FIG. 17 is a block diagram illustrating an embodiment of a DDOM system call execution pattern in an asynchronous mode. In this mode, a client sends a mutation request to a server. However, the client may continue to perform other mutations to its local copy of the document without receiving an acknowledgment from the server. Upon receiving a mutation request from a client, the server determines whether the mutation can be made based on a set of rules. The server may return an indication of success or failure to the client. Handlers on the client or the server may cause additional mutations to occur as a result of the client-initiated mutation.
FIG. 18 is a block diagram illustrating an embodiment of a notification execution pattern of a DDOM system. A DDOM server may initiate a notification. A DDOM logic layer may cause the mutations specified in the notification to be made to a DDOM tree describing the document. Handlers may cause additional mutations to be made to the document. When a portion of the DDOM tree representing the document is not currently cached in, the system may have to load the relevant portion of the tree from storage before implementing the mutations.
 A client may connect to a server when an author accesses or manipulates the document. Multiple clients may be connected to the server simultaneously. Other clients may be connecting or disconnecting during a given client's connection with the server. A client may have multiple connections to a server or to multiple servers simultaneously.
 In some cases, a software application that already accesses documents using the DOM may be able to use the DDOM system without modification of the application. In such cases, the DOM-based mutations are “trapped” and routed via the central or server DDOM document. As an example, a software developer may add DOM event handlers to call the appropriate DDOM methods when a DOM-based mutation occurs. In other cases, the software application itself may need to be modified to use DDOM. As an example, a scalable vector graphics (“SVG”) editor that does not natively support mutation events may need to be modified to use DDOM instead of DOM because mutation event handlers would never be called when no mutation events are fired. In such a case, calls to a DOM mutation method would have to be changed to call DDOM instead. One skilled in the art would know how to make these changes.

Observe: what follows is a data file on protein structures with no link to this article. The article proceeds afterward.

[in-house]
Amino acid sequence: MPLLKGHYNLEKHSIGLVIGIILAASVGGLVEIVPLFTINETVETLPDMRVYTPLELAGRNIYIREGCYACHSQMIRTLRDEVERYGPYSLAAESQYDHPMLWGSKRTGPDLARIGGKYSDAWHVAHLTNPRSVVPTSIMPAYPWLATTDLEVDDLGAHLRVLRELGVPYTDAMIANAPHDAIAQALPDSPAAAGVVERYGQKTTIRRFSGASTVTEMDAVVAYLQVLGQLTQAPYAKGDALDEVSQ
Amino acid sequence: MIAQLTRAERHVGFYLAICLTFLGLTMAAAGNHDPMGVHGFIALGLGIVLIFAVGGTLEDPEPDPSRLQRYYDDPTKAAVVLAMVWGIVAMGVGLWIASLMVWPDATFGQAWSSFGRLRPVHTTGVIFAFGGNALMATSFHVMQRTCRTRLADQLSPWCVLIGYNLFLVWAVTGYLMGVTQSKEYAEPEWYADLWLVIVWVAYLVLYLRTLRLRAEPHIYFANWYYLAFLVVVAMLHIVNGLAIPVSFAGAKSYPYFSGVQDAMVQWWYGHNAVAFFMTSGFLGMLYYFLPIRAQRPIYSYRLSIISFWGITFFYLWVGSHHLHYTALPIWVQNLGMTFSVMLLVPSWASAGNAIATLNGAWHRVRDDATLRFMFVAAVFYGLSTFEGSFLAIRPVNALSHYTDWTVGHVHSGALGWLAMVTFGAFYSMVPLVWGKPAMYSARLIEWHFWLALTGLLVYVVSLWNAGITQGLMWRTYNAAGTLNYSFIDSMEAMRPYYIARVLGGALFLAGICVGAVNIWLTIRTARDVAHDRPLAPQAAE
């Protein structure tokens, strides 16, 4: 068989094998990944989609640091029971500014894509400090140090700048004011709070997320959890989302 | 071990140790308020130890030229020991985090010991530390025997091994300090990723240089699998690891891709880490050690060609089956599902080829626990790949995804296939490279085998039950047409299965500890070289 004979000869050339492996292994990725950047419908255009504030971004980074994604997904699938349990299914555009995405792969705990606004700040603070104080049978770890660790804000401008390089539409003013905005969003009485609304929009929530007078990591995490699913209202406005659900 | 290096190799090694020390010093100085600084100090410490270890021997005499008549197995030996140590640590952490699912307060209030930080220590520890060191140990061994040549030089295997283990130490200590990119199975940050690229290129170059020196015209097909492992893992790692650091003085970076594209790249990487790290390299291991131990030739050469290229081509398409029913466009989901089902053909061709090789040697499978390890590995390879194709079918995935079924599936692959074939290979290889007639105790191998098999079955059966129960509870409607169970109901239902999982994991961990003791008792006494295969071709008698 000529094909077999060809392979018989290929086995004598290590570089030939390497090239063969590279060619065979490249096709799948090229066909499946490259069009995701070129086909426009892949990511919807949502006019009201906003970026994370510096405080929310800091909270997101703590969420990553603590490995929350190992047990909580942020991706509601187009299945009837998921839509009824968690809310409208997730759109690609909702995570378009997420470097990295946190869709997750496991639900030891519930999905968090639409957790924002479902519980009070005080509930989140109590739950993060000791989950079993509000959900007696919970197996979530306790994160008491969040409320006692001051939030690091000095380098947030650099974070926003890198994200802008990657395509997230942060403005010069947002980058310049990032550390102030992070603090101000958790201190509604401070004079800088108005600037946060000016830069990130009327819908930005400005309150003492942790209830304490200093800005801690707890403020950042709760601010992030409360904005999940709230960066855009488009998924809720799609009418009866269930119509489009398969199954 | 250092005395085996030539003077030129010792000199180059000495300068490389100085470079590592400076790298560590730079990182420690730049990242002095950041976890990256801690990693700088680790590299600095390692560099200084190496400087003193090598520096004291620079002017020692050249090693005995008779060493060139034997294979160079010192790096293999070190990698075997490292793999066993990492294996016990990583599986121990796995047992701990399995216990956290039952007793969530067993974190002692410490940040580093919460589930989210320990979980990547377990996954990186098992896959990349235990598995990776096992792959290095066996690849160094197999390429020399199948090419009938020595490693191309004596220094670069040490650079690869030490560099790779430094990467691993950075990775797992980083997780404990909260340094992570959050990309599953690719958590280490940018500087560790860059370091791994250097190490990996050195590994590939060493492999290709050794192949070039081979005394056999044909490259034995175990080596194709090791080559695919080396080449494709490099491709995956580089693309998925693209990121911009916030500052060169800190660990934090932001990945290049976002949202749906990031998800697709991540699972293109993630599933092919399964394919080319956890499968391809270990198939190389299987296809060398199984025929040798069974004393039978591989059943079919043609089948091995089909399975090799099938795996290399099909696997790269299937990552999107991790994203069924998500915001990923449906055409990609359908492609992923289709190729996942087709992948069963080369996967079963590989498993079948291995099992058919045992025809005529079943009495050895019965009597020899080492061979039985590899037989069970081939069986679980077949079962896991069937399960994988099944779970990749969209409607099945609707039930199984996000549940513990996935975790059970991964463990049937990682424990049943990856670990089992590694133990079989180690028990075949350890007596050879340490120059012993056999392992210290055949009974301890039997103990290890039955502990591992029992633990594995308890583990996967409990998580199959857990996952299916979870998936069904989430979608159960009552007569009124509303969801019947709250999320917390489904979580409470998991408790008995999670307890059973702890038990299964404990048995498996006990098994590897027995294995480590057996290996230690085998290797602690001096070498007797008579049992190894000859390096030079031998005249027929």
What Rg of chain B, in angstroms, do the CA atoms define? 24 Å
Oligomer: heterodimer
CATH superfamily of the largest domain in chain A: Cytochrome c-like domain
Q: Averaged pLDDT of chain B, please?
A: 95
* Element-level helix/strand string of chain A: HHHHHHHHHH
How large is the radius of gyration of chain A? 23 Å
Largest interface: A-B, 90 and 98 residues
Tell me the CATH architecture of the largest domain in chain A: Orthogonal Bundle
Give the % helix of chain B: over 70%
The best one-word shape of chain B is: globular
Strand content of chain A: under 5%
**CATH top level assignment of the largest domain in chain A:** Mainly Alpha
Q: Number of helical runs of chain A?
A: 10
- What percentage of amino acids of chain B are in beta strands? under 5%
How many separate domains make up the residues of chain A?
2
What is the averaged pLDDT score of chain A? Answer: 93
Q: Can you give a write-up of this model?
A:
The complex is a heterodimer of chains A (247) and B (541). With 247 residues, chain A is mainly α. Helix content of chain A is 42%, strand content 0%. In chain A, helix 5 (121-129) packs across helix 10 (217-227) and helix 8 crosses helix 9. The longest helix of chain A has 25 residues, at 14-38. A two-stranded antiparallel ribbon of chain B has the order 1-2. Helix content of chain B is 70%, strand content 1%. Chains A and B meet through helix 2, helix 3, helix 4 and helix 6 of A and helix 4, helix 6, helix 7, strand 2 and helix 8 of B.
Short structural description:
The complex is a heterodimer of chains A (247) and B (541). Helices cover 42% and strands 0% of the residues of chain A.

In other cases where the software application was written using some varieties of scripting languages, a “wrapper object” may be used that exports a DOM interface but either calls only DDOM to handle the mutation, or calls DOM and additionally notifies DDOM as a side effect to propagate mutations to the server or master document. One skilled in the art will recognize that not every option listed above is available in every case. As an example, a compiled executable program may not be able to utilize a wrapper object unless the wrapper object replaces the object to which the program refers.
 The DDOM system may be retrofitted to existing software applications or used with newly created software applications designed to use DDOM. Use of a software component in a newly created software application by means of an API is understood in the art. The following discussion illustrates use of the DDOM in various retrofit cases. In this discussion, unless otherwise indicated, a client/server mode and peer-to-peer mode should be considered to be equally contemplated. Similarly, a server-based document and a master document handled by a peer are equally contemplated. A server computer may be a computer system that first instantiated a DDOM document. Alternatively, a server computer may be a computer system that stores master documents. Even though an embodiment is described, other embodiments are also contemplated.
 From the foregoing, it will be appreciated that although specific embodiments of the invention have been described herein for purposes of illustration, various modifications may be made without deviating from the spirit and scope of the invention. As an example, various forms of computing devices may be used, including palmtops, wireless phones, laptops, desktops, minicomputers, and mainframe computers. The concepts presented herein can be applied to forms of hierarchical documents other than XML documents. For example, the concepts may be applied to hierarchical databases. Accordingly, the invention is not limited except as by the appended claims.
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|Apr 2, 2004||AS||Assignment|
Owner name: BLAST RADIUS, INC., CANADA
Free format text: ASSIGNMENT OF ASSIGNORS INTEREST;ASSIGNORS:ELZA, DETHE;COWARD, KEN;FLEGO, ANTON;AND OTHERS;REEL/FRAME:015187/0762
Effective date: 20040402
|Oct 13, 2006||AS||Assignment|
Owner name: JUSTSYSTEMS CANADA INC., BRITISH COLUMBIA
Free format text: ASSIGNMENT OF ASSIGNORS INTEREST;ASSIGNOR:BLAST RADIUS SOFTWARE INC.;REEL/FRAME:018388/0001
Effective date: 20060330
Owner name: BLAST RADIUS SOFTWARE INC., CANADA
Free format text: ASSIGNMENT OF ASSIGNORS INTEREST;ASSIGNOR:BLAST RADIUS INC.;REEL/FRAME:018387/0960
Effective date: 20060330